Does Diabetes Cause Body Odor?

Does Diabetes Cause Body Odor?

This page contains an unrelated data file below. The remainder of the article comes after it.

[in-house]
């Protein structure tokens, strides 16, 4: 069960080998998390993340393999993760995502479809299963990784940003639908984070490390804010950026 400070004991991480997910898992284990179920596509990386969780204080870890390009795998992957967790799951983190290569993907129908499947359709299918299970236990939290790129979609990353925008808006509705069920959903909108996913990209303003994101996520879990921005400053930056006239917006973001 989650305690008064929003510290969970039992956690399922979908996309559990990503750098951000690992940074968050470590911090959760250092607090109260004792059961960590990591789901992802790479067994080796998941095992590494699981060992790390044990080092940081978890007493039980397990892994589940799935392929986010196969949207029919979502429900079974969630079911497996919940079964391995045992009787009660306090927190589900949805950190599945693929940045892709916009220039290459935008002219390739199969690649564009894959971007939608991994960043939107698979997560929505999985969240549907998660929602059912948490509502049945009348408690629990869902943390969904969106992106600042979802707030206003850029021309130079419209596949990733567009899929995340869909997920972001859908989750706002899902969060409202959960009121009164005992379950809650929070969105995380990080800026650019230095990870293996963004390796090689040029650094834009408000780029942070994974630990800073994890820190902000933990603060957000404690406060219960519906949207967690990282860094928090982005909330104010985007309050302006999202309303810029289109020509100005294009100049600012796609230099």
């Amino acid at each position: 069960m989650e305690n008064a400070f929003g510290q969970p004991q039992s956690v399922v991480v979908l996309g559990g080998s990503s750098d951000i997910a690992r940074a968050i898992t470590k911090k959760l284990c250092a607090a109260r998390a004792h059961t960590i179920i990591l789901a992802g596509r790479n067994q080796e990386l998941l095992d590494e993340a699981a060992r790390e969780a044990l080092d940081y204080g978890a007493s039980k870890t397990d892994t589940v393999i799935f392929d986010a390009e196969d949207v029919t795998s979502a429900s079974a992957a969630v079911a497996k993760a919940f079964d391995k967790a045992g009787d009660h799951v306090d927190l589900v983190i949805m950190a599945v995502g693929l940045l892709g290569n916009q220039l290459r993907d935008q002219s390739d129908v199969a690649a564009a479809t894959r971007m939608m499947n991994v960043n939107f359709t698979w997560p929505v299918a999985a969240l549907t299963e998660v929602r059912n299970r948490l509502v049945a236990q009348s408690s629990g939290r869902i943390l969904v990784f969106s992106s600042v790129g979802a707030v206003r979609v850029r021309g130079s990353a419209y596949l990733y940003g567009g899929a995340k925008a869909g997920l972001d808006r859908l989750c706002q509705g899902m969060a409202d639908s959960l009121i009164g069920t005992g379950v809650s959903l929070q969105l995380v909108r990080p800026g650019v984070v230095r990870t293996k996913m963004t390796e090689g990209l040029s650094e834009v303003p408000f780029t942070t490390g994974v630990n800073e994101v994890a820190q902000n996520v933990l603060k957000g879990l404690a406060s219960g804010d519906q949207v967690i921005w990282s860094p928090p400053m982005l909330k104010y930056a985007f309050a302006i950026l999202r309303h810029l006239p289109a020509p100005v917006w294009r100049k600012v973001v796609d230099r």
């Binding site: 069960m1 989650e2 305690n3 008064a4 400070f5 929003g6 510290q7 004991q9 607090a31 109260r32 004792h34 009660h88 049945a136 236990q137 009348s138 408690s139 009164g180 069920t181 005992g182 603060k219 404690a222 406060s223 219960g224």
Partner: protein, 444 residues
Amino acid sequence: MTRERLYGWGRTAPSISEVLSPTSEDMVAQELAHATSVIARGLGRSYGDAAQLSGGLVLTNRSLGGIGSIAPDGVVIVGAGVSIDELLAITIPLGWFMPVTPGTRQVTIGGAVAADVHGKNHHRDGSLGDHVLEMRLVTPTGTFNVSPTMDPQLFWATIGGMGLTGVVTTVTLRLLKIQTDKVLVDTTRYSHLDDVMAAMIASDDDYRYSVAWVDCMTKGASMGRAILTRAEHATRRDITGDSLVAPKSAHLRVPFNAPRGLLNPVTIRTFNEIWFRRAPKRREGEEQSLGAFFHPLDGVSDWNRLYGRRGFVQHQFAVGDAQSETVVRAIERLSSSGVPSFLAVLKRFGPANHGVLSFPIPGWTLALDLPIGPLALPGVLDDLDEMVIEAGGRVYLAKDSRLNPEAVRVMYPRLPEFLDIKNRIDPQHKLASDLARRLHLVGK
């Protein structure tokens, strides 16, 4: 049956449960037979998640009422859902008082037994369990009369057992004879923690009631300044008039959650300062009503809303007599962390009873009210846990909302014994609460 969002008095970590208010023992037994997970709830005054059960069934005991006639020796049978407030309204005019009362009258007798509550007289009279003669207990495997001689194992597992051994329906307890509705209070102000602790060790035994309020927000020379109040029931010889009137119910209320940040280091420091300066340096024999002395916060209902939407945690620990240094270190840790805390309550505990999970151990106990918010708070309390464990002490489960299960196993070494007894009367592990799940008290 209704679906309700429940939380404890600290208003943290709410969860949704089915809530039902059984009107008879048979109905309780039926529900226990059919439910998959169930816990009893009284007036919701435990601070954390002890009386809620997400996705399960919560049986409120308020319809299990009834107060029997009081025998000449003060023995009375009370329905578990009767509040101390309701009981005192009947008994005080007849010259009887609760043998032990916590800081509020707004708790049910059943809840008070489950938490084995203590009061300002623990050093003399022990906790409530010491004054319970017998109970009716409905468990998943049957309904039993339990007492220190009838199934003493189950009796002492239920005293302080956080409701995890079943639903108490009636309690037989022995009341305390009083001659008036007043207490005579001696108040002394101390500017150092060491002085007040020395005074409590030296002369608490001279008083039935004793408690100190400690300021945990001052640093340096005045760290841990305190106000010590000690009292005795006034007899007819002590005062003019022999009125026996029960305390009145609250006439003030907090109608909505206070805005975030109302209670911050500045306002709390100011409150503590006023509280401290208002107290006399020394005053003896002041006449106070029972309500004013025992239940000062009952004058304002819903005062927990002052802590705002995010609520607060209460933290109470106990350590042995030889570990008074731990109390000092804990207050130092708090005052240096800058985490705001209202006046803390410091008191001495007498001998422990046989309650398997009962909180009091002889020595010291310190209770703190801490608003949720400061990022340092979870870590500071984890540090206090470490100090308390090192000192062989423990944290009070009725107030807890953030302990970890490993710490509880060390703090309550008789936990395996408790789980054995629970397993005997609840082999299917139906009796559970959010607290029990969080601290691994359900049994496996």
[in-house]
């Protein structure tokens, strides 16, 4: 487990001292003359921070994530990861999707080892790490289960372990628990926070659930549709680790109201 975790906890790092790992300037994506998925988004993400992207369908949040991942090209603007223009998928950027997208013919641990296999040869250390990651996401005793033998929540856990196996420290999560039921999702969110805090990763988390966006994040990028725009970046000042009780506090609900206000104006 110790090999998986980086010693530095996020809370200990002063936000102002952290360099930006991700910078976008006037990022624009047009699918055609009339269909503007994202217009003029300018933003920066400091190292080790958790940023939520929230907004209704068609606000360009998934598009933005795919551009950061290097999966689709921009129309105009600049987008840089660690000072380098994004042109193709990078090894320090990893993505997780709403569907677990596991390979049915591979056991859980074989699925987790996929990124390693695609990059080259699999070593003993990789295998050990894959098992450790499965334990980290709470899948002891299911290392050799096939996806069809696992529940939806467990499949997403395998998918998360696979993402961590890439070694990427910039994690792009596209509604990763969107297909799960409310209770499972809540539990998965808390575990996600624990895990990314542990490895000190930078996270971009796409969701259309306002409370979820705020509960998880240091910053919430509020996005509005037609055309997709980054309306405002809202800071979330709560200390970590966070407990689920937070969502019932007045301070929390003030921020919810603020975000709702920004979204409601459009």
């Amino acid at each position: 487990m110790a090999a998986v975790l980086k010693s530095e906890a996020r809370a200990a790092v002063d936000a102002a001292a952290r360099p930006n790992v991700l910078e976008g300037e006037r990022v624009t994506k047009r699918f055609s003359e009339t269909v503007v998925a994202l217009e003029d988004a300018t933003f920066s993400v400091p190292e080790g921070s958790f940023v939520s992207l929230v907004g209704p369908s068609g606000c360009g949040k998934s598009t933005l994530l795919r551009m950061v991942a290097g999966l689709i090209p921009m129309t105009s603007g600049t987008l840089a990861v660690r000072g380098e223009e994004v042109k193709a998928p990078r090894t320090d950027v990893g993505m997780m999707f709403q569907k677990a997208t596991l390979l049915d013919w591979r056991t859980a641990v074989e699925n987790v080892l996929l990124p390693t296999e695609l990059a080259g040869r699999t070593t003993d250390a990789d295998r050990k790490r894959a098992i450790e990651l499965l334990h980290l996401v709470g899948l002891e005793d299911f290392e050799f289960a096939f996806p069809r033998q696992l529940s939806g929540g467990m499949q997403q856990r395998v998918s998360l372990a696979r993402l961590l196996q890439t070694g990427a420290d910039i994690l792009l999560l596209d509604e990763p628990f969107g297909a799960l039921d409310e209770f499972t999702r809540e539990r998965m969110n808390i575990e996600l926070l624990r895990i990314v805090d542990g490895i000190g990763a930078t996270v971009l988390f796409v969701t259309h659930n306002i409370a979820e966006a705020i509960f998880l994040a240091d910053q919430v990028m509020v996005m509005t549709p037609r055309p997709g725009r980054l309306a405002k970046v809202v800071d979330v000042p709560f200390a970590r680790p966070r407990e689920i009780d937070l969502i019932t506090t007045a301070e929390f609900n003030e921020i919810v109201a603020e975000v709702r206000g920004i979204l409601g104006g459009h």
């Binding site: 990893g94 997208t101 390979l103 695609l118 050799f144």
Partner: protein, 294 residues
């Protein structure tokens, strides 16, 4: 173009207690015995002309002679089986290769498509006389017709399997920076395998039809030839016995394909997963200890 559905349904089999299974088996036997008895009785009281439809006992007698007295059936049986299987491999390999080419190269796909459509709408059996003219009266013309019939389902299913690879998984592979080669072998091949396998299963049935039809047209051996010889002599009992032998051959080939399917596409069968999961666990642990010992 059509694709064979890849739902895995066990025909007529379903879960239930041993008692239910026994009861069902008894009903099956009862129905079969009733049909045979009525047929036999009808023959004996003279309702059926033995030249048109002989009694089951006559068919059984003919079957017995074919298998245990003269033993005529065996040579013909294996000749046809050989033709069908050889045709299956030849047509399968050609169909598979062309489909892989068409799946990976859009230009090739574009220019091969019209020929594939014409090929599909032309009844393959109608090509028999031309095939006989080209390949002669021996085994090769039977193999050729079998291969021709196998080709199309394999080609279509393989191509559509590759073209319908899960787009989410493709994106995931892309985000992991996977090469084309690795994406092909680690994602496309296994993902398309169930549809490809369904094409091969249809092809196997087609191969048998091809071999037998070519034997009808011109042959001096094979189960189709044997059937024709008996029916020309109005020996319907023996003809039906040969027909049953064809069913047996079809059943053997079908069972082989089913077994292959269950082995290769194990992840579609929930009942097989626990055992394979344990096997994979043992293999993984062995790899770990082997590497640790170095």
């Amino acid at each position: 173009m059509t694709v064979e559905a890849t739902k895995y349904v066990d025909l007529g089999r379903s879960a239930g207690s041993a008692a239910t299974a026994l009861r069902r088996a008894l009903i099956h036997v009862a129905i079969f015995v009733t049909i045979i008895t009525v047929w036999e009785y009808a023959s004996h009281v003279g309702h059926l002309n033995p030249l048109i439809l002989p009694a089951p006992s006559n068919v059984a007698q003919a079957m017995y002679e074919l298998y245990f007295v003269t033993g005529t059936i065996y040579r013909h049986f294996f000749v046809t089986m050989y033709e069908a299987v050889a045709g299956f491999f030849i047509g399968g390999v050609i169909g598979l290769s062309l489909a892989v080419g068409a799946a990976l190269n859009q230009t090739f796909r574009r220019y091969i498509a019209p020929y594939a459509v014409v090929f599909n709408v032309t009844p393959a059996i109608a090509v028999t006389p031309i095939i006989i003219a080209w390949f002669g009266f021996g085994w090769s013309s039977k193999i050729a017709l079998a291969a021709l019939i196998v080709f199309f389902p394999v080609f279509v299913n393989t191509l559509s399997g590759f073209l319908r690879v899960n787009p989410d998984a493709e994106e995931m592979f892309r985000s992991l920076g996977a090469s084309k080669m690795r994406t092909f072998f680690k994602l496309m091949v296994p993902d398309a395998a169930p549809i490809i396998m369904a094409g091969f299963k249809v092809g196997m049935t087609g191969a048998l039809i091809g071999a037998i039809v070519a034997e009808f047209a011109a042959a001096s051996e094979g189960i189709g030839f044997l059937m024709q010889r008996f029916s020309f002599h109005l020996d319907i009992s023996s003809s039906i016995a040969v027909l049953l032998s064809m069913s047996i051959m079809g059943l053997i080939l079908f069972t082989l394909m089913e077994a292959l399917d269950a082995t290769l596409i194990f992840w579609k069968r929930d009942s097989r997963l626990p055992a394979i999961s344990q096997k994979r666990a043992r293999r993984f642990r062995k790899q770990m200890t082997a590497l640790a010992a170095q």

The human body produces two different types of sweat. Eccrine is the first type, and it is an odorless, clear sweat. Eccrine is secreted all over the human body by the eccrine glands, which regulate body temperature. The second type of sweat is apocrine, which is a thicker sweat secreted in the underarm and groin regions by the apocrine glands. Effects of Diabetes on Body Odor Sweat is odorless until it reacts with lingering bacteria on the skin's surface, which creates body odor. A foreign element, defect in the human body, or poor hygiene can be a factor in bacteria build-up. Diabetes can change the way body odor smells. Diabetics often produce a sweet-smelling, somewhat fruity body odor. The scent is very distinctive. Insulin used to treat diabetes can also cause an acetone-like smell. Ketoacidosis When diabetes isn't controlled or corrected, it can lead to ketoacidosis. Ketoacidosis occurs when sugar, also known as glucose, is not available as a fuel source by the body. When this happens, fat is used instead. At this point, byproducts of fat called ketones emerge. The ketones then build up in the body. When this occurs, the skin of a diabetic patient may taste sweet and produce a detectable odor. Often times the odor can be detected in the mouth, with fruity breath. What to Try Taking medicine regularly, eating properly, and maintaining good hygiene habits may help with odor associated with diabetes. A diabetic should ask his health care provider how much fat, protein, and carbohydrates are required in his daily diet. A registered dietician or nutritionist can help with dietary needs as well. Amber Taylor attended American Broadcasting School and East Central University, but her writing days began in high school as a reporter for her high school newspaper. Amber's w Continue reading >>